Order of Free Gardeners

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Insignia of the Order of Free Gardeners

The Order of Free Gardeners is a fraternal society that was founded in Scotland in the middle of the 17th century and later spread to England and Ireland. Like numerous other friendly societies of the time, its principal aim was the sharing of secret knowledge linked to the profession and mutual aid. In the 19th century, its activities of mutual insurance became predominant. By the end of the 20th century, it had become almost entirely extinct.

In 1849, The Ancient Order of Free Gardeners Scotland formed at Penicuik. In 1956, due to falling attendances in Scotland, the Grand Lodge charter was transferred to Cape Town, South Africa and remains there. In September 2005, the Ancient Order returned to Scotland when the Countess of Elgin Lodge no. 105 received its Charter to meet in Dysart, Fife. 2006 sees the return of the Grand Lodge of Free Gardeners Scotland from Cape Town to Scotland.

Although the Free Gardeners have always remained independent of Freemasonry, the history and organisation of the two orders show numerous similarities. Some commentators have pointed to possible mutual influences in the ancient history of the two organisations.[1]


The most ancient evidence of the order is a record of the minutes of the Haddington lodge, opened 16 August 1676, which begins with a compilation of fifteen rules called Interjunctions for ye Fraternity of Gardiners of East Lothian.[2]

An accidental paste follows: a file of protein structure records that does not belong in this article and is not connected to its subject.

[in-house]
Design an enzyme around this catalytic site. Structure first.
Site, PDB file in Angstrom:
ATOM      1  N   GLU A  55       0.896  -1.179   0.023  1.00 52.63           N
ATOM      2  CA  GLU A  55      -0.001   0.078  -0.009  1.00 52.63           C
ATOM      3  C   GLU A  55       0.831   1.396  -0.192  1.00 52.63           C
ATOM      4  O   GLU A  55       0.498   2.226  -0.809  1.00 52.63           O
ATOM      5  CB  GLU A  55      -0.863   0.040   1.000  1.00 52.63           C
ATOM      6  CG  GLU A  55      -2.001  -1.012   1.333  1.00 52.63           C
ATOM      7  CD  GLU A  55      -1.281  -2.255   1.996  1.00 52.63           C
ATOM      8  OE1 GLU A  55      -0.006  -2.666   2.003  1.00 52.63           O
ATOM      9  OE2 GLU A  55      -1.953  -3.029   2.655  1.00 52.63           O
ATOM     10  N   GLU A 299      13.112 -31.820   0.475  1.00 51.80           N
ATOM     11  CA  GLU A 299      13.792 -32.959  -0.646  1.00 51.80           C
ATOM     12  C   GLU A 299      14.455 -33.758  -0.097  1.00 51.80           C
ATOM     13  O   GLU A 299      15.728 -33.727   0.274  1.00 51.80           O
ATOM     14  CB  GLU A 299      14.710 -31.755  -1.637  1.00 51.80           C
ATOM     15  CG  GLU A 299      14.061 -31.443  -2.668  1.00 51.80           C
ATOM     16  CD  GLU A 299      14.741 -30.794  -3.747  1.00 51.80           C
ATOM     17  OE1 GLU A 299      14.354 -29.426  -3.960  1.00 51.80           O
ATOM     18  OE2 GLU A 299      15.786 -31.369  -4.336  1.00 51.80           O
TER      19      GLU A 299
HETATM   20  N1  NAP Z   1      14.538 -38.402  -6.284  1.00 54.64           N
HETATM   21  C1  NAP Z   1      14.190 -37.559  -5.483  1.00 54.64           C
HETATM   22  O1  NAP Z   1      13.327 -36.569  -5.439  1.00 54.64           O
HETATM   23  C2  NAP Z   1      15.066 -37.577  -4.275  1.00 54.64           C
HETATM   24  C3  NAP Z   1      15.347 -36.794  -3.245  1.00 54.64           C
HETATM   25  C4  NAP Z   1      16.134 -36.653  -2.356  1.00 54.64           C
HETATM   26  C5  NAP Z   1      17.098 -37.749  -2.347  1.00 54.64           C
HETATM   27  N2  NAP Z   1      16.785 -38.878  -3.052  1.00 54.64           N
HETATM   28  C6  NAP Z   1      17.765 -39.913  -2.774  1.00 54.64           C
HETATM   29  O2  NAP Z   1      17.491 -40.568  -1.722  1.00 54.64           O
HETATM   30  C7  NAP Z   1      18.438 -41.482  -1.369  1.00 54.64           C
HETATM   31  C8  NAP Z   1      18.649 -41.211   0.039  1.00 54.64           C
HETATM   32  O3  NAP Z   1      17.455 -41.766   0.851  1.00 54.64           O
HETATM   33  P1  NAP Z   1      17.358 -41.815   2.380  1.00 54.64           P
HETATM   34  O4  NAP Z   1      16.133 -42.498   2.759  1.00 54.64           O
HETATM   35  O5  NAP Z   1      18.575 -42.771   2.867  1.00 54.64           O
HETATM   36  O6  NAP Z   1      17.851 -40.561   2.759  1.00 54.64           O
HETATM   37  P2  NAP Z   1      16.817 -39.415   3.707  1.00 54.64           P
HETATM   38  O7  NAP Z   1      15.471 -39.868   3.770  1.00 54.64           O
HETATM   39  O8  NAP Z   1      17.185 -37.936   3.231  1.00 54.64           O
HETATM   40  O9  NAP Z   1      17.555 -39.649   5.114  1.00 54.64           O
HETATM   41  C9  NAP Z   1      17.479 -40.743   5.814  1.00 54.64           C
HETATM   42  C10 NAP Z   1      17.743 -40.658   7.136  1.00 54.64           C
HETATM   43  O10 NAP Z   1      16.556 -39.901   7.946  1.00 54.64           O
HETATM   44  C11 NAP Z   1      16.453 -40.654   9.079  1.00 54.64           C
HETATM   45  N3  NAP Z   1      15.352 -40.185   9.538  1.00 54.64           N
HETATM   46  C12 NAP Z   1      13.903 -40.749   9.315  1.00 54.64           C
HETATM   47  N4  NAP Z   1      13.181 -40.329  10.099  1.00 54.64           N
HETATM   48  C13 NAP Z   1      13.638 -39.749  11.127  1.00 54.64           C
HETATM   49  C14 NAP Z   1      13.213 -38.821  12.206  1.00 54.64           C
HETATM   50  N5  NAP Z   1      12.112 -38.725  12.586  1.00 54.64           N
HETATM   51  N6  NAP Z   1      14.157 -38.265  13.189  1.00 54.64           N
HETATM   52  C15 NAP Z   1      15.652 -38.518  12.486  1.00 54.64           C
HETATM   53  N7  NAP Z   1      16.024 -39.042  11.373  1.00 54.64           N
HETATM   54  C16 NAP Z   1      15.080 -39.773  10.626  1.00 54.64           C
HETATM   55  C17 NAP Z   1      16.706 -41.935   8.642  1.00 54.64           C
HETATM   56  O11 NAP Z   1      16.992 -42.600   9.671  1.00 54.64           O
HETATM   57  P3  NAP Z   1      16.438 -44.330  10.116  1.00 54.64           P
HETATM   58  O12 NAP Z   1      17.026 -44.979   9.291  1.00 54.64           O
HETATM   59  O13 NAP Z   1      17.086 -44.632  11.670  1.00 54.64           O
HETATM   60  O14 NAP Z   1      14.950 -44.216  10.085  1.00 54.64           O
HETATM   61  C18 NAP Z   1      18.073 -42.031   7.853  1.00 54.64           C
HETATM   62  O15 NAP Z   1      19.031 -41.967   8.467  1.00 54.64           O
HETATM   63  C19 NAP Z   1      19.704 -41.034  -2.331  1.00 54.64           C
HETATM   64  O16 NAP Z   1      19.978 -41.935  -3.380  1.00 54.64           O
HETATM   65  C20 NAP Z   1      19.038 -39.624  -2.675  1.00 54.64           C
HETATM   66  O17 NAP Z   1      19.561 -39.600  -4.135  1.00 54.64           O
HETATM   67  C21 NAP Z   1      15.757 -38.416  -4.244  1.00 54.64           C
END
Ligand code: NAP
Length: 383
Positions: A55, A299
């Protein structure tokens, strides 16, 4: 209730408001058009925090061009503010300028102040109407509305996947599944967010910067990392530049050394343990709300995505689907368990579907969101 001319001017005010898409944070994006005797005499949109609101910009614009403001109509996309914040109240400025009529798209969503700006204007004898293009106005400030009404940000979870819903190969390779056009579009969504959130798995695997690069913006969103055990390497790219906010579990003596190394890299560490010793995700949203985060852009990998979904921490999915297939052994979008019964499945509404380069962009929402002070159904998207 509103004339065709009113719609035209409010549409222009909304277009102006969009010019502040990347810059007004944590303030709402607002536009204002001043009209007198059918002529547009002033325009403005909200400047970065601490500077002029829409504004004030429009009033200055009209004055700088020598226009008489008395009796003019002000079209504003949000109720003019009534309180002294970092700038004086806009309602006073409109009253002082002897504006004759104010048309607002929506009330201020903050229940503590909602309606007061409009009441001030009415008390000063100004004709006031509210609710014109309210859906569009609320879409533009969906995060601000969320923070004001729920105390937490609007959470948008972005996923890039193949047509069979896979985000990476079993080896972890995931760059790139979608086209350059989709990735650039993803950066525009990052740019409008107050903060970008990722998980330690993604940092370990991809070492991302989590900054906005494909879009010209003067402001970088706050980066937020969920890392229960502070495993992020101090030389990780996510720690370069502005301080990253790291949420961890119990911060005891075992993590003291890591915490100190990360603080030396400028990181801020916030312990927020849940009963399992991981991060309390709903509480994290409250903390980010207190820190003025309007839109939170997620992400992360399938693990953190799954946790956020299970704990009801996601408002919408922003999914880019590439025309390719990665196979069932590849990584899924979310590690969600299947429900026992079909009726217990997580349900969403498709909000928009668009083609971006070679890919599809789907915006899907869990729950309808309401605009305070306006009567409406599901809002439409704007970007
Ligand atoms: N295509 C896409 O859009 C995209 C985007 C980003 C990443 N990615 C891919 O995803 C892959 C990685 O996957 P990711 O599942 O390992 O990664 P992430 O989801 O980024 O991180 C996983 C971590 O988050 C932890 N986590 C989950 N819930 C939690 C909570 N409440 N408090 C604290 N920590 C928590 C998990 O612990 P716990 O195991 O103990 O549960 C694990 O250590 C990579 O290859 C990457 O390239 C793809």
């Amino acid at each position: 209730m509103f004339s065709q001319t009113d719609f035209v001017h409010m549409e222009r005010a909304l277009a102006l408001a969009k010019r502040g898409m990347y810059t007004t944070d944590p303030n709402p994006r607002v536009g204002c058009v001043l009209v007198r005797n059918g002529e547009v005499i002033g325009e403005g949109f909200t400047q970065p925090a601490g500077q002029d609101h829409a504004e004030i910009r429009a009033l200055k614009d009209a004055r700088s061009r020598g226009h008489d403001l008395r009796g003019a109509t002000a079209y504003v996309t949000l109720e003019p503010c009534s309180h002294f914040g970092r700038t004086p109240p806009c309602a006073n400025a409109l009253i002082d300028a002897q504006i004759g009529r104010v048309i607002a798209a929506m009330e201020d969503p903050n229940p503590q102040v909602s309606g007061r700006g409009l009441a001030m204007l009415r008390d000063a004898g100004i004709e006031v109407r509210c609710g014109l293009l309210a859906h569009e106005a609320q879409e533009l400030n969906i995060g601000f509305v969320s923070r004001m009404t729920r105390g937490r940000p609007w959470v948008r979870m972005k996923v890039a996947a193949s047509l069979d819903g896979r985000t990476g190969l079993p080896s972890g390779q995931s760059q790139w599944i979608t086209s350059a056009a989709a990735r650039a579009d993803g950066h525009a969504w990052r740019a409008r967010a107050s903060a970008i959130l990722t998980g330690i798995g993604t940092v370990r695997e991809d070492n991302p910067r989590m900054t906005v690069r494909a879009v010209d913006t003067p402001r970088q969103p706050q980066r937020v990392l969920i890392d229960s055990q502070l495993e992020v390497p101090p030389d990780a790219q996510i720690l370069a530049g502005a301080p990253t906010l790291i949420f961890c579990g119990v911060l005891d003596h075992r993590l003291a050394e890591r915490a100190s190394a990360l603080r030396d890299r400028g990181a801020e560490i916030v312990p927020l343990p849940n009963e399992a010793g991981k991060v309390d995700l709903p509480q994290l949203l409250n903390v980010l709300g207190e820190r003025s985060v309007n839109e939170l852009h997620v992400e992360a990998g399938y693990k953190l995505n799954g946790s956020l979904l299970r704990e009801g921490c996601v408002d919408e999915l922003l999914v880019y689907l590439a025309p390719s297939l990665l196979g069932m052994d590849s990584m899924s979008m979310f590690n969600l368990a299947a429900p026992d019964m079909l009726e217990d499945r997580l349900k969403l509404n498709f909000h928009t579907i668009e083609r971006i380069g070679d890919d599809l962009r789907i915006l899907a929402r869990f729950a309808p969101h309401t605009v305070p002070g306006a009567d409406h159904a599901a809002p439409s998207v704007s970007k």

Edzell Castle's walled garden, Scotland, dates back to 1604.

Scotland was, in the 17th century, subject to civil unrest and intermittent famines. Rich landowners were interested in Renaissance architecture and the design of formal gardens for their vast estates. The first members of the Haddington lodge were not gardeners by profession, but small landowners and farmers who practised gardening for pleasure. Not practising an urban profession, they could not obtain the status of an incorporation (similar to a guild in England) and modelled their organisation on the masons, who had an organisation, additional to and independent of their incorporation: the lodge.[3]

This organisation set up in Haddington could be viewed as a primitive form of trade union. It organised co-operation between members, provided practical training and ethical development, and supported the poor, widows, and orphans. The lodges of gardeners were also the first to organise floral exhibitions, from 1772.[3]

About 1715, a lodge similar to Haddington was founded in Dunfermline, supported by two members of the local aristocracy, the Earl of Moray and the Marquess of Tweeddale. From its origin, it admitted numerous non-gardeners as members. It created a charitable society to benefit the widows, orphans, and poor of the lodge, sponsored a horse race and organised an annual horticultural fair before transforming itself little by little into a mutual aid society. It reached a membership of 212.[3]

The lodges of Haddington and Dunfermline expanded their recruitment area widely without authorising creation of new lodges. It was only in 1796 that three new lodges were created: at Arbroath, Bothwell, and Cumbnathan.[4]

During the 18th century, about twenty other lodges were created, always in Scotland, and on 6 November 1849, they organised a meeting with a view to create a Grand Lodge. Establishments then accelerated, and in 1859, in Edinburgh, the Grand Lodge gathered representatives from more than 100 lodges, including three established in the USA.